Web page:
Referring now to FIG. 3, open cell foam liner 26 is adhesively bonded around the peripheral interior of outer shell 11 of helmet 10. Cool air entering through cool air inlet ducts 21 is further conveyed through outer shell 11 by convenient means such as for example orifices 25. Orifices 25 may be a series of holes through outer shell 11 at an acute angle to the local tangent of the surface of shell 11 to improve the flow in the direction along the inner periphery of shell 11. Once inside shell 11, cool air flows through the capillary system that exists in open cell foam liner 26. Open cell foam liner 26 substantially covers the inner periphery of outer shell 11 and is substantially free to communicate cool air throughout the areas of coverage. Sealed edge 27 prevents the unwanted flow of cool air out of helmet 10 in a direction away from the scalp of the wearer and sealed edge 32 around embedded earphone assembly 31 prevents flow of cool air into the area around the wearer's ears, interfering with hearing due to pneumatic noise. Air flows from open cell foam liner 26 through a multiplicity of pores 33 in a multiplicity of directions indicated by arrows 28a-28h and 29a-29g. The various directions of arrows 29a-29g are illustrative of the random nature of flow directions from the foam. The randomly directed flow and multiplicity of pores serves to reduce cold spots and to improve the distribution and effectiveness of the cooling.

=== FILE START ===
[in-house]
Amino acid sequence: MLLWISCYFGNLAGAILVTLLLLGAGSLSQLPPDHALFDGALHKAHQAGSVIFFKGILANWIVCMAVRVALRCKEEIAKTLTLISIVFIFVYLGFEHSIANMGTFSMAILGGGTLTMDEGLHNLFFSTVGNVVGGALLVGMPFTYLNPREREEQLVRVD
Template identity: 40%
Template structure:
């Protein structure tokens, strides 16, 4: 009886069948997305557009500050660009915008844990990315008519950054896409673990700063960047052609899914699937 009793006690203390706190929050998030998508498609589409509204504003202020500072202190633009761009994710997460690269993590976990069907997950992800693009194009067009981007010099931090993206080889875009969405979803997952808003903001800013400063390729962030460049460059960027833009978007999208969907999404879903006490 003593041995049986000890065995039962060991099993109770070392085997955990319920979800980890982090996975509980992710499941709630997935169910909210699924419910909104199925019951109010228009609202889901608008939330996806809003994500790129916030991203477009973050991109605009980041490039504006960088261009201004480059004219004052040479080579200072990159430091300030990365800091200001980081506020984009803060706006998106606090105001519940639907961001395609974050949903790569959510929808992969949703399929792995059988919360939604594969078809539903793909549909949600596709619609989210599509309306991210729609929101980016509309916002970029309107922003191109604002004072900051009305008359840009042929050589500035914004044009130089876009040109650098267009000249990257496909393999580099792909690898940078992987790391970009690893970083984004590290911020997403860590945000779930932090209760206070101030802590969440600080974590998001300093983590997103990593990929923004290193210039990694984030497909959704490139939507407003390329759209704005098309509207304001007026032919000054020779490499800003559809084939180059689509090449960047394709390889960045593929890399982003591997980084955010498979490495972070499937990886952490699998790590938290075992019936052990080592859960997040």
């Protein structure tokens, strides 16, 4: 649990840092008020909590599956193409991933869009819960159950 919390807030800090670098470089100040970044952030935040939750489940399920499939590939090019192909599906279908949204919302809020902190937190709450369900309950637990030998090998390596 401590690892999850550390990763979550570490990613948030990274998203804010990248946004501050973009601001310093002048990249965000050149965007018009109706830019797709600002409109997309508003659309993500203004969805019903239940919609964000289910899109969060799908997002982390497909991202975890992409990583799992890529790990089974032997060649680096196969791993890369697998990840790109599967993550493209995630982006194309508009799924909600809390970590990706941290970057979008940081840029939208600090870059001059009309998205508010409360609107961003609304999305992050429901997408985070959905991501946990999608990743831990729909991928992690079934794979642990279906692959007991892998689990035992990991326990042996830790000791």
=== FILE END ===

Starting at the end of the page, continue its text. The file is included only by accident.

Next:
Referring now to FIG. 4, an alternate embodiment of internal construction of either helmet 10 or 10a is generally shown. Open cell foam liner 26 is affixedly attached to the internal shell 11 by conventional means such as by adhesive bonding. Auxiliary lining 34 is in turn affixedly attached to open cell foam liner 26 by conventional means such as adhesive bonding. Auxiliary lining 34 is selected from conventional materials having impact absorbing characteristics. Depending on the density and distribution of the internal capillary system of auxiliary lining 34, it may be necessary to provide a manufactured system of pores 33a through auxiliary lining 34. Manufactured pores 34 are preferably at random angles with respect to the local tangent of the inner periphery of the auxiliary lining. A system of manufactured pores 33a at randomly selected angles will have effects similar to and approximating the effects of random flow from the open cell foam when used without auxiliary lining 34.